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"Jeopardy!" Professors Tournament host Mayim Bialik (left) and UD Prof. Deborah Steinberger stand on the set of the quiz show.
Here’s your clue: When this University of Delaware professor appears on Jeopardy!
this week, it will not be her first time competing on a televised quiz
show, but it will be the first one in which she speaks English.
Please answer in the form of a question:
Who is Deborah Steinberger?
The associate professor of French in the Department of Languages, Literatures and Cultures
is one of 15 higher education faculty members nationwide to take part
in the inaugural Professors Tournament of the iconic quiz show, in which
contestants are given a clue in the form of an answer and must then
supply the question. The tournament begins on Monday, Dec. 6, with
Steinberger making her quarterfinal appearance on Friday, Dec. 10. If
she is among the winners and wild cards from the first week, she will
advance to semifinal and final play the following week, with a champion
crowned on Friday, Dec. 17, and awarded a $100,000 prize.
Steinberger’s journey to Jeopardy! began when she was a
contestant on the popular French show “Questions pour un champion” in
2009. After winning a spot on the U.S. team at an audition in New York,
she traveled to Paris for the international competition and advanced to
the finals. It was a double challenge, she said, as she drew on her
knowledge of trivia and culture while also thinking and speaking in
Ever since that adventure, she said, people have been encouraging her to try out for Jeopardy! Steinberger
took the preliminary test the show offers several times a year and was
invited to audition on three occasions. After the most recent audition,
she was invited to appear on the show, but the COVID pandemic was
raging, and she felt it was unsafe to travel to California.
“Once I declined, I thought I had lost my only chance to be on the
show,” she said. “I asked them to please keep me in mind for the future,
and I kept watching and practicing, but I didn’t expect to be invited
Then she saw publicity this fall about plans for the first-ever Professors Tournament, took the online Jeopardy! test
again and was selected. By late October, she was in Los Angeles for a
day of preparation and two days of competition. (The show routinely
tapes multiple episodes a day.)
Move this whole section up, swapping places with the section above it.
The 15 contestants in the Professors Tournament of "Jeopardy!"
stand behind host Mayim Bialik; UD’s Deborah Steinberger is in the front
of the group, to the right of Bialik.
To prepare, Steinberger continued watching Jeopardy! while
clicking a ballpoint pen to simulate pushing the button that contestants
use to signal that they want to answer. She tried to brush up on some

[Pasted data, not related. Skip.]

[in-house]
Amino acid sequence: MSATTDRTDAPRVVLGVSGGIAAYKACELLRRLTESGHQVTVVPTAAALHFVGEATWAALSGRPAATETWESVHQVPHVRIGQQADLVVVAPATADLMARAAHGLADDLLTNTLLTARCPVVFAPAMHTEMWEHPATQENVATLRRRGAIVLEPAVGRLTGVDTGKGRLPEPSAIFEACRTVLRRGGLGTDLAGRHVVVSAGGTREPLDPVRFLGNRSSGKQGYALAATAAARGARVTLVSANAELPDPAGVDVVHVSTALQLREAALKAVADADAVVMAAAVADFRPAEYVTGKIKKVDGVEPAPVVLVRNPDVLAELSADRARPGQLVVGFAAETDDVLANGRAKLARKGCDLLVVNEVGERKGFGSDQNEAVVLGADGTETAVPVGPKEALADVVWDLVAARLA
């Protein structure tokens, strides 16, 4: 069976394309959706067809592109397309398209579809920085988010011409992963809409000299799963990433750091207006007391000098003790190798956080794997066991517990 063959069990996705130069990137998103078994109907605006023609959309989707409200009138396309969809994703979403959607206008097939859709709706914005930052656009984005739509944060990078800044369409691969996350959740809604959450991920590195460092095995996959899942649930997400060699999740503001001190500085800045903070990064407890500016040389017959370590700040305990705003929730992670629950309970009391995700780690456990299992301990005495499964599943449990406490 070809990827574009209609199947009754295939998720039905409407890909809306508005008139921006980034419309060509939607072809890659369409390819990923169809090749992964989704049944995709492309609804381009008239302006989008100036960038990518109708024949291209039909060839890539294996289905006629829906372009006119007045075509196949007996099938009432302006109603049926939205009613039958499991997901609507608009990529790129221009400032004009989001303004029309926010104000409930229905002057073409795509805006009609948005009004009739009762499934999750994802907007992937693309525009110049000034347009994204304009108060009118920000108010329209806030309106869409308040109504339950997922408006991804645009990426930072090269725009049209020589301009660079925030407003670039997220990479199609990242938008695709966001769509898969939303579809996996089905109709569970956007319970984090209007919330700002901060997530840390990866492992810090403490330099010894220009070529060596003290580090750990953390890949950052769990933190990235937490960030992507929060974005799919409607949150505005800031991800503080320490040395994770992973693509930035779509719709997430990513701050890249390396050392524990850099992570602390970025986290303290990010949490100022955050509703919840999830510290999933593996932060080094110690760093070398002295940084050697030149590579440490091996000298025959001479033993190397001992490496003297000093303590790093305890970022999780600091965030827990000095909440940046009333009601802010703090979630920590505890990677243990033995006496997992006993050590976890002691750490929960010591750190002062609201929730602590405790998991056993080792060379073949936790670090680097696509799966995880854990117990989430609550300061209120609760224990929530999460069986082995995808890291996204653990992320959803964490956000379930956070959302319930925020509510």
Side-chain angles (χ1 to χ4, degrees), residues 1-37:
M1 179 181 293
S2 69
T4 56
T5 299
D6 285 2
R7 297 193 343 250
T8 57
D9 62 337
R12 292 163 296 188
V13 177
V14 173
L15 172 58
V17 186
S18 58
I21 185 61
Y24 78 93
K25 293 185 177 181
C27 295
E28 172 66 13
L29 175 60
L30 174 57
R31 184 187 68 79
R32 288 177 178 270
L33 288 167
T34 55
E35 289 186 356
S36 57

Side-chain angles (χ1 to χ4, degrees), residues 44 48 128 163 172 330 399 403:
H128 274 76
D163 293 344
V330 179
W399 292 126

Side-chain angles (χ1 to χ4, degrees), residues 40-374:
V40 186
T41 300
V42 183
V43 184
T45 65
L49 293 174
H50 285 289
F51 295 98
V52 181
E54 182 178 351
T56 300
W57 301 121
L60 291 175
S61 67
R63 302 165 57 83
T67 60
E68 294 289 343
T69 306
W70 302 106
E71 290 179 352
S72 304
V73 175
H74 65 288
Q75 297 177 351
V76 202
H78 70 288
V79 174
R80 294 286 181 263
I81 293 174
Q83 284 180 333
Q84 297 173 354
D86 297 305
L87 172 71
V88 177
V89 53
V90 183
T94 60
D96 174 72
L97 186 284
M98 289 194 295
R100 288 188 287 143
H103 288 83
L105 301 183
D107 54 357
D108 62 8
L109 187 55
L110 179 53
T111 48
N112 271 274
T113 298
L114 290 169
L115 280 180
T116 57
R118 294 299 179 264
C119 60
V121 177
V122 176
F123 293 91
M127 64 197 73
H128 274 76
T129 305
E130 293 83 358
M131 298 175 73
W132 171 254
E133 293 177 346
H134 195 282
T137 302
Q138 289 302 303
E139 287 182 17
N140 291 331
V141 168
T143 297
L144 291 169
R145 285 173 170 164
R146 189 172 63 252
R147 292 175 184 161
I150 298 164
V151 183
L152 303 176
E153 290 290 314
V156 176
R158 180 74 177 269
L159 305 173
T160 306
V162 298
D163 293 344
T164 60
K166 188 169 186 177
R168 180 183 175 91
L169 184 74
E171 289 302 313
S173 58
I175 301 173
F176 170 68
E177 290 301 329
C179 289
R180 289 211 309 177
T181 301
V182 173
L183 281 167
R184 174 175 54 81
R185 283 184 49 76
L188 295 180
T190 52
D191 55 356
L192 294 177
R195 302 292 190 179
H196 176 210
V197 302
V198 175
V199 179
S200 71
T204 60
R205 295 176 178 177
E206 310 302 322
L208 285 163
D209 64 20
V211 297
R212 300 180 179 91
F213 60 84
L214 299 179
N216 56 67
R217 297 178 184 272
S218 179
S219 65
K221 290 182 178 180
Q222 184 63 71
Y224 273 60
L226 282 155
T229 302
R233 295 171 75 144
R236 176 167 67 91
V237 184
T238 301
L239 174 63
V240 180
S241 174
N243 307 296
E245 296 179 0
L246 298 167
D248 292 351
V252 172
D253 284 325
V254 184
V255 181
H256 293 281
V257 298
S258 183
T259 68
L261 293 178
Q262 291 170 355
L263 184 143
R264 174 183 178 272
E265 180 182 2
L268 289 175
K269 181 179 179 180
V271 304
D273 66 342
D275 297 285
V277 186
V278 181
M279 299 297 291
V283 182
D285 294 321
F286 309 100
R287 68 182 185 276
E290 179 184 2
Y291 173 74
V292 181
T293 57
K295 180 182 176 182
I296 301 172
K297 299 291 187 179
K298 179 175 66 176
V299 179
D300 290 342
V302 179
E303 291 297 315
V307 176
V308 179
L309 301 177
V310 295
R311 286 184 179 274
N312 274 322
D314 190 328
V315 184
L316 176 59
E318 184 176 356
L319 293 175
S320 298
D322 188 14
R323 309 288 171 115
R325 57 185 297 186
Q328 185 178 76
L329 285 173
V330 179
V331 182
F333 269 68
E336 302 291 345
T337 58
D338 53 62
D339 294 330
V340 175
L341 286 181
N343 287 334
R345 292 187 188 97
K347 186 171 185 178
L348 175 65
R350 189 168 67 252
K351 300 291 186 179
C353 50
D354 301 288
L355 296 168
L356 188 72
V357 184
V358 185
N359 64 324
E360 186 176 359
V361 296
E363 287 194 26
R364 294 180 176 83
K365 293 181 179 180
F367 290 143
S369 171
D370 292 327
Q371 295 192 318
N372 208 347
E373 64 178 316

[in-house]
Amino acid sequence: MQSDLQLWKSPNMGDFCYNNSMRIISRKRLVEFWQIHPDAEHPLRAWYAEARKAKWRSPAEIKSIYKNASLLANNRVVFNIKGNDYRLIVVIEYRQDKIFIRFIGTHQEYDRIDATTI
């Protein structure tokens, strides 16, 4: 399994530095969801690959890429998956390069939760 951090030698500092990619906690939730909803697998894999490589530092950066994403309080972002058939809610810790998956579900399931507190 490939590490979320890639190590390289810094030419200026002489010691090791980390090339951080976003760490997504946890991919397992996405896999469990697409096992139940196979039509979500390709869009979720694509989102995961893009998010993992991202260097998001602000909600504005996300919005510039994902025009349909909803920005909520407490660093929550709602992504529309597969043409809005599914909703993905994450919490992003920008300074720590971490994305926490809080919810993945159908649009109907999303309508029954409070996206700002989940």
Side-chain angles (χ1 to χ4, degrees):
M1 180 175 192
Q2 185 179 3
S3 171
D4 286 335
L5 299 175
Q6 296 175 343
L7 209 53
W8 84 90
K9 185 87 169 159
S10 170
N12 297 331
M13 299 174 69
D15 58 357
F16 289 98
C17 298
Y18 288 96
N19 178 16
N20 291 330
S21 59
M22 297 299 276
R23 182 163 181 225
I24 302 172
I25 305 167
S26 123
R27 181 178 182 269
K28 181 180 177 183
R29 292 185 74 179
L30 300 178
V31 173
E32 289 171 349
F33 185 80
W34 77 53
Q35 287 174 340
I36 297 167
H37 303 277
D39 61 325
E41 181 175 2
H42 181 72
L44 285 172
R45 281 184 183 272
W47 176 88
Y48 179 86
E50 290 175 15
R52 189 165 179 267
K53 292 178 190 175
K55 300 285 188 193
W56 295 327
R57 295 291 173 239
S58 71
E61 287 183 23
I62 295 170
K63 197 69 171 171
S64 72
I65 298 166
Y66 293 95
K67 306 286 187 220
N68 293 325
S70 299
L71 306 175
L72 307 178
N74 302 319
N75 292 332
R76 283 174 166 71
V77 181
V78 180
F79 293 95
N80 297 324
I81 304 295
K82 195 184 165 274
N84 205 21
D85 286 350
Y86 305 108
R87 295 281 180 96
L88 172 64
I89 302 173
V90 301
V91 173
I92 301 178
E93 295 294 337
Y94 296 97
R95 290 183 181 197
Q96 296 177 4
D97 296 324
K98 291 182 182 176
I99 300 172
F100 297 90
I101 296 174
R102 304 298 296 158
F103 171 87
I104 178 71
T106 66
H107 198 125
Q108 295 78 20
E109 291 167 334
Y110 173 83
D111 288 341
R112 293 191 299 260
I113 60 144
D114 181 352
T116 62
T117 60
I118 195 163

topics the show commonly includes, and on the flight to California she
read the book Secrets of the Jeopardy Champions by Chuck Forrest and Mark Lowenthal. But she’s not sure any of that was especially helpful.
“How you do on the show is based on knowledge you’ve gained over a
lifetime,” she said. “I’m not sure it’s something you can really cram
for unless you have a photographic memory.”
She’s not sure the ballpoint pen technique was useful either. Like many other Jeopardy! contestants
over the years, Steinberger described the timing and rhythm needed for
ringing in on the hand-held signaling device as the most difficult part
of competing. Even now, she said, she doesn’t feel as if she ever got
the hang of it.
But she is “absolutely” sure that the experience was positive and
amazing, she said. She can’t reveal how she did, but she had fun and
enjoyed meeting host Mayim Bialik and her fellow contestants, who
represented a wide range of academic disciplines, types of institutions
and geographic areas.
“It was just a fabulous group of people,” she said, and the
contestants were able to socialize a bit while still following protocols
set by the show and by COVID precautions. “I enjoyed getting to know
them, and there was always a nice team spirit.”
Steinberger said she didn’t get any clues in her areas of expertise,
such as French literature or culture, but there was one category in
which she did especially well.
“You’ll just have to watch and see what that was,” she said.
Steinberger is an associate professor of French and comparative literature and associate chair of the Department of Languages, Literatures and Cultures at UD.
Her research focuses on 17th century French journalism, and her
current book project takes a gender-studies approach to fiction
published in one of the first French newspapers, Le Mercure Galant.
The tournament will air every weeknight from Dec. 6-17.
Jeopardy! can be seen at 7 p.m. on WPVI-TV (ABC Channel 6) in
northern Delaware and the Philadelphia area. In southern Delaware, it
airs at 4:30 p.m. on WBOC (virtual channel 16) and at 7:30 p.m. on WRDE
(virtual channel 31).
Article by Ann Manser, photos courtesy of “Jeopardy!”
Published December 06, 2021